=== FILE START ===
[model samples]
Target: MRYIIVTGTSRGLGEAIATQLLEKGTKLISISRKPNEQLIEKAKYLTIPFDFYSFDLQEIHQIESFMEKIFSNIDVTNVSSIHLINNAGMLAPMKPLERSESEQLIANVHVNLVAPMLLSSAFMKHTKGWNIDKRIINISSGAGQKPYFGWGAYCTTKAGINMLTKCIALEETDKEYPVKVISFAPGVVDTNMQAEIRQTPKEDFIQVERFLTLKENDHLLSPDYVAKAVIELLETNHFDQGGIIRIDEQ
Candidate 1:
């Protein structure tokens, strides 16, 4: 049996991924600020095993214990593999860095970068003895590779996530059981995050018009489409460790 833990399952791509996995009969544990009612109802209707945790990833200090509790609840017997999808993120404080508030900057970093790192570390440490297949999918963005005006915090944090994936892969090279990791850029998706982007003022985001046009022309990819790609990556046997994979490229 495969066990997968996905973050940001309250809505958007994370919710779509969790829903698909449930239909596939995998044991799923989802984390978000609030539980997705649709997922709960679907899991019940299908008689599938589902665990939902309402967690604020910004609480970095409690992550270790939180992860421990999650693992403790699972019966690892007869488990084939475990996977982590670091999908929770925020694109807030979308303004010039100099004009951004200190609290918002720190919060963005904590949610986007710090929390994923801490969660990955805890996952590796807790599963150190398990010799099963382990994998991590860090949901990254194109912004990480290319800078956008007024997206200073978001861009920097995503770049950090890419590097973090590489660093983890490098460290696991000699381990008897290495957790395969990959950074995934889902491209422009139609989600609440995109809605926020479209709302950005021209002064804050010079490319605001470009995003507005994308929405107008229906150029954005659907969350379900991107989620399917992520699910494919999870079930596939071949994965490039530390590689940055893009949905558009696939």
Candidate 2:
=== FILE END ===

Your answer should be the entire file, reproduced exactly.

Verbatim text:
[model samples]
Target: MRYIIVTGTSRGLGEAIATQLLEKGTKLISISRKPNEQLIEKAKYLTIPFDFYSFDLQEIHQIESFMEKIFSNIDVTNVSSIHLINNAGMLAPMKPLERSESEQLIANVHVNLVAPMLLSSAFMKHTKGWNIDKRIINISSGAGQKPYFGWGAYCTTKAGINMLTKCIALEETDKEYPVKVISFAPGVVDTNMQAEIRQTPKEDFIQVERFLTLKENDHLLSPDYVAKAVIELLETNHFDQGGIIRIDEQ
Candidate 1:
């Protein structure tokens, strides 16, 4: 049996991924600020095993214990593999860095970068003895590779996530059981995050018009489409460790 833990399952791509996995009969544990009612109802209707945790990833200090509790609840017997999808993120404080508030900057970093790192570390440490297949999918963005005006915090944090994936892969090279990791850029998706982007003022985001046009022309990819790609990556046997994979490229 495969066990997968996905973050940001309250809505958007994370919710779509969790829903698909449930239909596939995998044991799923989802984390978000609030539980997705649709997922709960679907899991019940299908008689599938589902665990939902309402967690604020910004609480970095409690992550270790939180992860421990999650693992403790699972019966690892007869488990084939475990996977982590670091999908929770925020694109807030979308303004010039100099004009951004200190609290918002720190919060963005904590949610986007710090929390994923801490969660990955805890996952590796807790599963150190398990010799099963382990994998991590860090949901990254194109912004990480290319800078956008007024997206200073978001861009920097995503770049950090890419590097973090590489660093983890490098460290696991000699381990008897290495957790395969990959950074995934889902491209422009139609989600609440995109809605926020479209709302950005021209002064804050010079490319605001470009995003507005994308929405107008229906150029954005659907969350379900991107989620399917992520699910494919999870079930596939071949994965490039530390590689940055893009949905558009696939």
Candidate 2: